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KTM Freeride vs Beta X-Trainer | Bike Reviews

Extreme enduro or amateur apple? What do these two machines have in common and where's their place in the market?

When KTM released the 350cc four-stroke Freeride, a new genre of off-road motorcycle was spawned. There’s plenty of beginner bikes around, but none that could act as an amateur’s trails tool and extreme enduro machine at the same time. Kato then released the 250 Freeride, which runs a detuned version of the motor in its hardcore two-stroke cousin in the EXC range.

The Freeride pair didn’t receive the accolades here they’d been receiving in Europe and the sales figures have not taken the local industry by storm. But with all the hype surrounding the Freerides in Europe, Beta soon released its entry to the category late last year called the X-Trainer, which runs a detuned 300cc two-stroke engine.

Both bikes are more agile and nimble than their hardcore off-roading cousins, the EXCs and RRs. But are they for amateur or advanced riders and are they battling for the same prize or completely different?

To solve this difficult conundrum, I enlisted the help of beginner Chris Harris who could tell me if these two machines are easy to ride. We headed out to the Otway State Forest in Vic to tackle everything from singletrack, to fire roads, technical hillclimbs and even whoops. With such a variety of terrain and the skill levels of me and Harris, we were sure to get a resolution.



Riding the Freeride and X-Trainer back-to-back I learnt these two machines have as much in common as a horse and a rabbit. They are totally different and here’s why:

As soon as I threw a leg over both bikes I noticed a difference in the chassis and ergonomics. The Freeride is skinnier and shorter than the X-Trainer and the X-Trainer feels more like a trailbike, while the Freeride is more akin to a hybrid trialsbike.

The X-Trainer is bigger than the Kato and feels and looks more like a trailbike in size and shape. This has pros and cons. The smaller slimmer Freeride is excellent for flicking through the tight technical stuff, or for someone short of stature, while the X-Trainer is a little heavier and more cumbersome and won’t be as easy to manoeuvre in the technical climbs.

In short, if you struggle to touch the ground on most bikes you’d be better served riding a Freeride, while those who want to improve their skills on something that feels remotely like a trailbike, you’d benefit more from the X-Trainer.


The suspension differences are as noticeable as the chassis and ergonomic ones. The Freeride is much firmer and feels a little more racey, while the X-Trainer is soft and would suit a beginner better.
The suspension of the X-Trainer absorbs typical trail debris like an old XR and you don’t feel a thing at slow speeds, but it struggles at higher speeds. But that’s not what the X-Trainer is designed for.

While firmer, the Freeride suspension was more competent when the speed increased, but across tree roots and square edge bumps it was too firm. If you intend keeping up with your mates through fast, rough singletrack than the Freeride will do it with ease. But if you’re a beginner after an easy ride that won’t spear you off into the trees then the X-Trainer would be a better fit.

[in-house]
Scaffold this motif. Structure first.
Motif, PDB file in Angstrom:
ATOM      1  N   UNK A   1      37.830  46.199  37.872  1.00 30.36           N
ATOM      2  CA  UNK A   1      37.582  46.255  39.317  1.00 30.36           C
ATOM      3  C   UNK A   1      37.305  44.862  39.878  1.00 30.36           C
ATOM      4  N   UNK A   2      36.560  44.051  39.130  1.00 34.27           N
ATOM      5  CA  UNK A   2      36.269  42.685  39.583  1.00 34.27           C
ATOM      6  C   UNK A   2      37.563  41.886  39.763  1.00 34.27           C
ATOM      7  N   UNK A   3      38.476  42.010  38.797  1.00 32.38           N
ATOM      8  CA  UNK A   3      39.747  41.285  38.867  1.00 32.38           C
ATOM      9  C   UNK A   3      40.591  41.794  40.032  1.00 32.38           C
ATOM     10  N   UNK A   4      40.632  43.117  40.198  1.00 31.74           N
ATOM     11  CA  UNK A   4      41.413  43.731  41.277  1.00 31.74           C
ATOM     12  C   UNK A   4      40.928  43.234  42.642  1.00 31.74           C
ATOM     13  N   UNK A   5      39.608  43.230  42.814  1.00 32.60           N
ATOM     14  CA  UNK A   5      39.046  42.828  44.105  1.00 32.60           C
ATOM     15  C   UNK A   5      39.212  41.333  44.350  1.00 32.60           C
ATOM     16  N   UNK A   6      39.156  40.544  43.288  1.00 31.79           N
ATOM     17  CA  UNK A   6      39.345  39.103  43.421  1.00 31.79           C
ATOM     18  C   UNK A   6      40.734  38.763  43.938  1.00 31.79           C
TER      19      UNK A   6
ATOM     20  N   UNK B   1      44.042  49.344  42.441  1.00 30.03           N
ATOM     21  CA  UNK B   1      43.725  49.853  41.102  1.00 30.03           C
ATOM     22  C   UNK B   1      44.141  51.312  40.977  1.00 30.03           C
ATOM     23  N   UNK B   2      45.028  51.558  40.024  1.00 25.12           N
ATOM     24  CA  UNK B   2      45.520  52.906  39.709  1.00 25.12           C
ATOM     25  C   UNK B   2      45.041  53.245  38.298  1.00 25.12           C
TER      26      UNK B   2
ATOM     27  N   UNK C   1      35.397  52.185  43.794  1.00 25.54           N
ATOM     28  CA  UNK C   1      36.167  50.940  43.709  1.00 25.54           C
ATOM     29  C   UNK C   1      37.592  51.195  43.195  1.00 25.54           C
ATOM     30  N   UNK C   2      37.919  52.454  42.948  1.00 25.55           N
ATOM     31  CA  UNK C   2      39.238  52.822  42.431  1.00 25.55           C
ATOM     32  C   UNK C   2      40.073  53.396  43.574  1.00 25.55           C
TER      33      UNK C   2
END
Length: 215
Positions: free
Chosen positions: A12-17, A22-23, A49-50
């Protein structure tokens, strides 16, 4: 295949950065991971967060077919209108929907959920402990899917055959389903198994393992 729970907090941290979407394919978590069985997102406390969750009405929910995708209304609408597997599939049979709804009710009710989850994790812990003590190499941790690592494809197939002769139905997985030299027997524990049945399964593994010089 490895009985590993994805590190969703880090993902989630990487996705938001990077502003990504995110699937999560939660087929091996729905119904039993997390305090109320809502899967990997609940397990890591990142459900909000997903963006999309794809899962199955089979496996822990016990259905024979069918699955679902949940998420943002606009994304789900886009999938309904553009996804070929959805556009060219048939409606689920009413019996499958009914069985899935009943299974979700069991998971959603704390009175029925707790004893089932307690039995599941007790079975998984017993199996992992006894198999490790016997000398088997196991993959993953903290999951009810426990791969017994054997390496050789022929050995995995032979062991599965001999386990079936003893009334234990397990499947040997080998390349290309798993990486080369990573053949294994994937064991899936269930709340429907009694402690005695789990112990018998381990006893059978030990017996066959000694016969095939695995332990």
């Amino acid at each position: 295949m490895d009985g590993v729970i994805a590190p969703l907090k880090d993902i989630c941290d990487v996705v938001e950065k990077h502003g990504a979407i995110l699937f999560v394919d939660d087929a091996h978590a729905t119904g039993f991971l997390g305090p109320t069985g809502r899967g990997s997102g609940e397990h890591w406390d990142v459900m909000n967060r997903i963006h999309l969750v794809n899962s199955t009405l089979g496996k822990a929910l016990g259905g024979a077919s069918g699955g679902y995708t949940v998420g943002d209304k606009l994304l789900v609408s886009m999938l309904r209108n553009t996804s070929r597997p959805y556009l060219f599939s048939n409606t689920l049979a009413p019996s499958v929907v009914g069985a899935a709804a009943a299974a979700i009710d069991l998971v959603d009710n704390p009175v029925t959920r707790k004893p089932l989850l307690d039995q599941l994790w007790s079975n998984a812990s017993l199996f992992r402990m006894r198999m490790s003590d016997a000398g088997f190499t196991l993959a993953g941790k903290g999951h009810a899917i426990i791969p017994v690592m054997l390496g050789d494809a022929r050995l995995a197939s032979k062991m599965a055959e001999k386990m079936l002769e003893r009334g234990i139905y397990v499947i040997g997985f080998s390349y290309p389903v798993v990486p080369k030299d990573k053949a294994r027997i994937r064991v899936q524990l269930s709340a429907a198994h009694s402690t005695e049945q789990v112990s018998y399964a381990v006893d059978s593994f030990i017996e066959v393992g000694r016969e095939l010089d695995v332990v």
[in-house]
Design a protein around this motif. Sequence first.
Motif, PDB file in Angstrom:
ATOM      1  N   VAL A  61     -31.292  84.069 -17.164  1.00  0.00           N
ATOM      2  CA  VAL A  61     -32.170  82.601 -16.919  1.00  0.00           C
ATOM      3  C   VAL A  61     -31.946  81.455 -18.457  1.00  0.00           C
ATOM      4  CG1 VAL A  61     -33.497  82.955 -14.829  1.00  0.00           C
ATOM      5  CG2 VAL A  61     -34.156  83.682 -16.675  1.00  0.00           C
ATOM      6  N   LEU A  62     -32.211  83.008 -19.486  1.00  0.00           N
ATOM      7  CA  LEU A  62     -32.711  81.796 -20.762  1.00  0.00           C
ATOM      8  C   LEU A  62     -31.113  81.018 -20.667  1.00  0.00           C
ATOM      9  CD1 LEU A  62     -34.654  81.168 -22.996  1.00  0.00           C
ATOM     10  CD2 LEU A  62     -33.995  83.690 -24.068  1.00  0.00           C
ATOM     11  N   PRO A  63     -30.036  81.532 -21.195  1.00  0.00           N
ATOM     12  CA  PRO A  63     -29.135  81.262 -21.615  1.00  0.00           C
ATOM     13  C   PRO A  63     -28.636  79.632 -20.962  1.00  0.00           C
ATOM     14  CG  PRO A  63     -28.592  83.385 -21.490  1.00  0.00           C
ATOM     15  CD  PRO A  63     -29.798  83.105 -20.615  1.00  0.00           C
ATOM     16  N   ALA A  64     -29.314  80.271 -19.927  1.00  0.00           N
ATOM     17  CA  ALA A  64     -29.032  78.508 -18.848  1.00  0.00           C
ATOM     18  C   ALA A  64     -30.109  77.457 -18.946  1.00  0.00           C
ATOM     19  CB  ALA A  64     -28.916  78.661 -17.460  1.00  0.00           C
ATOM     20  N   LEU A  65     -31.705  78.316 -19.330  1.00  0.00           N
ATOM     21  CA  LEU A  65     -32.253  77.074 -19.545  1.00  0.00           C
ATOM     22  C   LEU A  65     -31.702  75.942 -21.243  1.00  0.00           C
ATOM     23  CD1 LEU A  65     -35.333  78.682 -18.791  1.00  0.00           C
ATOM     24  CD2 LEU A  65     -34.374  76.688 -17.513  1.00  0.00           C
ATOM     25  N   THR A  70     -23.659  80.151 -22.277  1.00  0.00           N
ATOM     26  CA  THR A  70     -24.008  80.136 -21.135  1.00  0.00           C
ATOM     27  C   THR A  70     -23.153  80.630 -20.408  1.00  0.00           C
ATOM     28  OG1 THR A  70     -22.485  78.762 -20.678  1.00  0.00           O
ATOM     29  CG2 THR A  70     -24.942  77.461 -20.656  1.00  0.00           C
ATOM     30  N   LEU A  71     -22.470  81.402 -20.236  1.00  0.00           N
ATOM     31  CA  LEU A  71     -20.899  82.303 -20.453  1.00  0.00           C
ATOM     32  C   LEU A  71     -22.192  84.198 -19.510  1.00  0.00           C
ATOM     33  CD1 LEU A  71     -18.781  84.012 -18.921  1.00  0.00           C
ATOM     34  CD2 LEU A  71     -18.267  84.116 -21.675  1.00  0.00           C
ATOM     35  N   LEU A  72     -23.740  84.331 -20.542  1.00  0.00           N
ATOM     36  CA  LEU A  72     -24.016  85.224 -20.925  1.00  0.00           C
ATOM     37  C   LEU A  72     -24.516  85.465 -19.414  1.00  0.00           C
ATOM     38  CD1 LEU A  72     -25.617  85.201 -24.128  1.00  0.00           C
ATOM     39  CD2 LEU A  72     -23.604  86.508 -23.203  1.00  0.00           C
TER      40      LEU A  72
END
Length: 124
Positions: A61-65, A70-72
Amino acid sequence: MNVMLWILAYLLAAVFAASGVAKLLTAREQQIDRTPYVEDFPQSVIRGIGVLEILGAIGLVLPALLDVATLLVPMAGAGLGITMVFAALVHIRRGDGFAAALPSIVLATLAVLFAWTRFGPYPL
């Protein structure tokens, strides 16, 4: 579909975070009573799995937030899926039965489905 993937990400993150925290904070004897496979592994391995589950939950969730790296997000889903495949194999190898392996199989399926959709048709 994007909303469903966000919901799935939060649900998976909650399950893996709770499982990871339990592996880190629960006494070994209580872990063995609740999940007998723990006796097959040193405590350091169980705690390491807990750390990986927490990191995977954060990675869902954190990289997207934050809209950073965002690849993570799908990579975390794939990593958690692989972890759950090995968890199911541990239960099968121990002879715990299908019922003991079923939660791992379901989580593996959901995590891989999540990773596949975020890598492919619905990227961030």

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250? MORE LIKE 125!

The engines are the biggest point of difference. While there’s only 50cc between them, it’s like night and day in performance. The Freeride needs to be ridden like it’s a 125; ring its neck and let it sing, while the X-Trainer has far more torque and can be ridden in the bottom-end.
Harris and I took both bikes to a long rutted-out climb. The X-Trainer easily carried third, tractoring up the hill without any surprises.
As for the Freeride, I needed to build speed early and keep the engine revs high. If you let the revs drop off you’ll be fanning the clutch to reach the crest.


After a day of riding both bikes back-to-back Chris and I agreed they are nothing alike. The Freeride has a fast engine and firm suspension, while the X-Trainer has a torquey, docile engine and soft suspension.

Both bikes can be used by either advanced or beginner riders, but I’m inclined to recommend the latter. An advanced rider will enjoy riding both, but will find their limitations quite quickly. As a training mule or extreme enduro ride, the X-Trainer or Freeride are awesome, but for an advanced rider, they won’t be more enjoyable than your EXC or RR, so you’ll need to have both.

As for beginner riders, it is perfect. The seat height on both bikes is short enough for all makes and sizes and the engine isn’t going to wrap you around the first tree. But that’s not to say either are underpowered, they’re just more rideable for a beginner. Mitch Lees



Type Liquid-cooled, two-stroke
Displacement 293cc
Transmission six-speed
Starter system Electric and kick
Front 43mm hydraulic USD, 270mm travel
Rear suspension Monoshock, 270mm travel
Seat height 910mm
Ground clearance: 320mm
Fuel tank capacity 8.5l
Dry weight 99kg
Warranty 6 months parts and labour
RRP $9890


Type Liquid-cooled two-stroke
Displacement 249cc
Transmission six-speed
Starter Electric
Front 43mm hydraulic, 250mm travel
Rear WP PDS shock, 260mm travel
Seat Height 915mm
Ground Clearance 380mm
Fuel Tank Capacity 8.5L
Dry weight 92.5kg
Price & Contacts
Warranty 6 months parts and labour
RRP $9995

This article appeared ADB issue #435 December 2015.